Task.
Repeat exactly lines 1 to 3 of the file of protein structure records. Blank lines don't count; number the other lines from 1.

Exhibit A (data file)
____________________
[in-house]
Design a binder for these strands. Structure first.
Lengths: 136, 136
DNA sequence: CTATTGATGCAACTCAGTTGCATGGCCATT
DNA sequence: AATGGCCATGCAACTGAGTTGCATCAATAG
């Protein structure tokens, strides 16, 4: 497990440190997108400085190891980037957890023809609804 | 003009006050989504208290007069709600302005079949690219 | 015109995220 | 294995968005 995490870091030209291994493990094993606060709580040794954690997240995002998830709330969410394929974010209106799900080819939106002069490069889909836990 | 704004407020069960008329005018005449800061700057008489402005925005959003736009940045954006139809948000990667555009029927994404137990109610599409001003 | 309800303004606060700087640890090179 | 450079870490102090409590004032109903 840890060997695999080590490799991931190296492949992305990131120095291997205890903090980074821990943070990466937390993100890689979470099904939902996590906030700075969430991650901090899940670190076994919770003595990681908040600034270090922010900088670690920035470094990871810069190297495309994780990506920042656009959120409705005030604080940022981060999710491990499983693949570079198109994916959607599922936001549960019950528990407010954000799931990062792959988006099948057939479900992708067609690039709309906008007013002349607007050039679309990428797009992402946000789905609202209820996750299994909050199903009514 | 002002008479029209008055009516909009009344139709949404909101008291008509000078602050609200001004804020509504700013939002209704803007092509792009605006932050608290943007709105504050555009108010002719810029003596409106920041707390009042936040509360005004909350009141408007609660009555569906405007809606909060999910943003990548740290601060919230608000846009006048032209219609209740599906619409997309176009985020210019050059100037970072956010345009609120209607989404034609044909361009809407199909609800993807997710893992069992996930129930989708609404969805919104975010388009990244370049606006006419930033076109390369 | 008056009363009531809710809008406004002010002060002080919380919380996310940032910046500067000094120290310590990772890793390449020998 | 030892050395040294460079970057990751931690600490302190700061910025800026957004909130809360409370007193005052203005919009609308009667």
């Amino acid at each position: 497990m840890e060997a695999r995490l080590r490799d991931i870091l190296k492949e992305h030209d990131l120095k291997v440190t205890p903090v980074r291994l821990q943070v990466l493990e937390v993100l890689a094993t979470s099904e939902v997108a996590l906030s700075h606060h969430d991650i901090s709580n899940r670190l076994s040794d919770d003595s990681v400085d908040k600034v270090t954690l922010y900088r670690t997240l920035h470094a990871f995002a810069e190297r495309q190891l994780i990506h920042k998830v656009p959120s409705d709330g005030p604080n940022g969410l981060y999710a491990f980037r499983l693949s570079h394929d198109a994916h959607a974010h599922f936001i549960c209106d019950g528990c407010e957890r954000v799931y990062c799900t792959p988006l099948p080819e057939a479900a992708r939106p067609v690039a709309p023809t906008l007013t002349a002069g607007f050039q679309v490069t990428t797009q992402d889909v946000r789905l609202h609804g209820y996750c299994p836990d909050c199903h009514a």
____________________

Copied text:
[in-house]
Design a binder for these strands. Structure first.
Lengths: 136, 136